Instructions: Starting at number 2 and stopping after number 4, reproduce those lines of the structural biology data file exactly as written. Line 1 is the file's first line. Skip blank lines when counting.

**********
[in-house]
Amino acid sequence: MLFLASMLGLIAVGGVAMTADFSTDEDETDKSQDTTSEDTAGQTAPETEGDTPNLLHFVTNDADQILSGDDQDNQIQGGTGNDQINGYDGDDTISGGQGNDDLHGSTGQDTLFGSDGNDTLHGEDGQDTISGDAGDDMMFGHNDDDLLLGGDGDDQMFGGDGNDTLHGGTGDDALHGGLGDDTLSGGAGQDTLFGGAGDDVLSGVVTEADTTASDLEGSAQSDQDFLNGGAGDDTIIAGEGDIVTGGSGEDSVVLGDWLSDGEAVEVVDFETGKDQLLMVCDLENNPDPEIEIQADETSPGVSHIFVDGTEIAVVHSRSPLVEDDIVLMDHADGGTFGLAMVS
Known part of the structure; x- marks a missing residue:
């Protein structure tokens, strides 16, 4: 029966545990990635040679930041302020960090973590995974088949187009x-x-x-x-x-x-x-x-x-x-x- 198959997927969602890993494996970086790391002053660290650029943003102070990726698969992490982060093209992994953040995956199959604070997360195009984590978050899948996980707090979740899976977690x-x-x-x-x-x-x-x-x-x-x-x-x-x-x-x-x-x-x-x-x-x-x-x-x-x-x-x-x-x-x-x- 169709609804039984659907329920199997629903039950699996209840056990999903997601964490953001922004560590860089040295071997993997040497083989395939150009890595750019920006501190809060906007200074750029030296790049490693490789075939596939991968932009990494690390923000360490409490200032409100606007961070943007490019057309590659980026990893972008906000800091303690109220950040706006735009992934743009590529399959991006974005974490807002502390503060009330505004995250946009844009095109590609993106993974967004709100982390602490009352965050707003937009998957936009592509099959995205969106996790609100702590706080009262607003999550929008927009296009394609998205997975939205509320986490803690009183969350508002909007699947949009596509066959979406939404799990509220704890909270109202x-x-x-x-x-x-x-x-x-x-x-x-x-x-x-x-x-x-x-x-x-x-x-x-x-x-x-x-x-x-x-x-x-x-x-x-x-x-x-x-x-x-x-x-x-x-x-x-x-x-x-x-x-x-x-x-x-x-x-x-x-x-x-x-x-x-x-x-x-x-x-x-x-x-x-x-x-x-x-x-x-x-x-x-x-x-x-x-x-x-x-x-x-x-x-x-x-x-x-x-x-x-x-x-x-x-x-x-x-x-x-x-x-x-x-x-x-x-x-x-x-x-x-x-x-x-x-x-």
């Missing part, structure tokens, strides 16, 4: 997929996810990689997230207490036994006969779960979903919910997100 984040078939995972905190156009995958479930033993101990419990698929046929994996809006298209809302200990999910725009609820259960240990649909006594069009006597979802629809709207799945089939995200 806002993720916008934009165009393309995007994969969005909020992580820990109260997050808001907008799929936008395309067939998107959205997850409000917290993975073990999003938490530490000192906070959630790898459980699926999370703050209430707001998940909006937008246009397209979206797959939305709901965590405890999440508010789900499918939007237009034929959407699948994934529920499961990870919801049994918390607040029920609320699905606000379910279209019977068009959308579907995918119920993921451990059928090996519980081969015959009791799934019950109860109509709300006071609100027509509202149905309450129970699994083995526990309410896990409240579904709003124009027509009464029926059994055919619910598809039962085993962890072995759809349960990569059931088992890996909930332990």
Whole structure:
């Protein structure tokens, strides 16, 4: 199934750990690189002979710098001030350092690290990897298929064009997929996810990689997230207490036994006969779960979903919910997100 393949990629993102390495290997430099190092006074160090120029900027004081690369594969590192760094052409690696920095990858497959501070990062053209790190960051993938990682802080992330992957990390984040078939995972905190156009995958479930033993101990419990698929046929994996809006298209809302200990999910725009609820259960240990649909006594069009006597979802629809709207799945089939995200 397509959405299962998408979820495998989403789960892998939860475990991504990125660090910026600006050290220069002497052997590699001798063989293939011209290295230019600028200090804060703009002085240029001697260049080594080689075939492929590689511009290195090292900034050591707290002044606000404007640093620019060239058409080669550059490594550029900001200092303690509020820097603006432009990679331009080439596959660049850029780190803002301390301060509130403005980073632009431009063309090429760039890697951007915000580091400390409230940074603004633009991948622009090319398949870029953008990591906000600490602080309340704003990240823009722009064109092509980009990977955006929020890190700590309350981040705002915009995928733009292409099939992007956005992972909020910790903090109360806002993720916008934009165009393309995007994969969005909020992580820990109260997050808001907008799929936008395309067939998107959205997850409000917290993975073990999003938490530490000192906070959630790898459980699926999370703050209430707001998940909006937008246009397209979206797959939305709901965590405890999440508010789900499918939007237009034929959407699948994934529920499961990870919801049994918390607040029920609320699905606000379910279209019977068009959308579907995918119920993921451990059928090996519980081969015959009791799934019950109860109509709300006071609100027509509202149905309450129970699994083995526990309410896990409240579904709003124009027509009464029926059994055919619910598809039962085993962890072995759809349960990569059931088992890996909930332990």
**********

Amino acid sequence: MLFLASMLGLIAVGGVAMTADFSTDEDETDKSQDTTSEDTAGQTAPETEGDTPNLLHFVTNDADQILSGDDQDNQIQGGTGNDQINGYDGDDTISGGQGNDDLHGSTGQDTLFGSDGNDTLHGEDGQDTISGDAGDDMMFGHNDDDLLLGGDGDDQMFGGDGNDTLHGGTGDDALHGGLGDDTLSGGAGQDTLFGGAGDDVLSGVVTEADTTASDLEGSAQSDQDFLNGGAGDDTIIAGEGDIVTGGSGEDSVVLGDWLSDGEAVEVVDFETGKDQLLMVCDLENNPDPEIEIQADETSPGVSHIFVDGTEIAVVHSRSPLVEDDIVLMDHADGGTFGLAMVS
Known part of the structure; x- marks a missing residue:
């Protein structure tokens, strides 16, 4: 029966545990990635040679930041302020960090973590995974088949187009x-x-x-x-x-x-x-x-x-x-x- 198959997927969602890993494996970086790391002053660290650029943003102070990726698969992490982060093209992994953040995956199959604070997360195009984590978050899948996980707090979740899976977690x-x-x-x-x-x-x-x-x-x-x-x-x-x-x-x-x-x-x-x-x-x-x-x-x-x-x-x-x-x-x-x- 169709609804039984659907329920199997629903039950699996209840056990999903997601964490953001922004560590860089040295071997993997040497083989395939150009890595750019920006501190809060906007200074750029030296790049490693490789075939596939991968932009990494690390923000360490409490200032409100606007961070943007490019057309590659980026990893972008906000800091303690109220950040706006735009992934743009590529399959991006974005974490807002502390503060009330505004995250946009844009095109590609993106993974967004709100982390602490009352965050707003937009998957936009592509099959995205969106996790609100702590706080009262607003999550929008927009296009394609998205997975939205509320986490803690009183969350508002909007699947949009596509066959979406939404799990509220704890909270109202x-x-x-x-x-x-x-x-x-x-x-x-x-x-x-x-x-x-x-x-x-x-x-x-x-x-x-x-x-x-x-x-x-x-x-x-x-x-x-x-x-x-x-x-x-x-x-x-x-x-x-x-x-x-x-x-x-x-x-x-x-x-x-x-x-x-x-x-x-x-x-x-x-x-x-x-x-x-x-x-x-x-x-x-x-x-x-x-x-x-x-x-x-x-x-x-x-x-x-x-x-x-x-x-x-x-x-x-x-x-x-x-x-x-x-x-x-x-x-x-x-x-x-x-x-x-x-x-």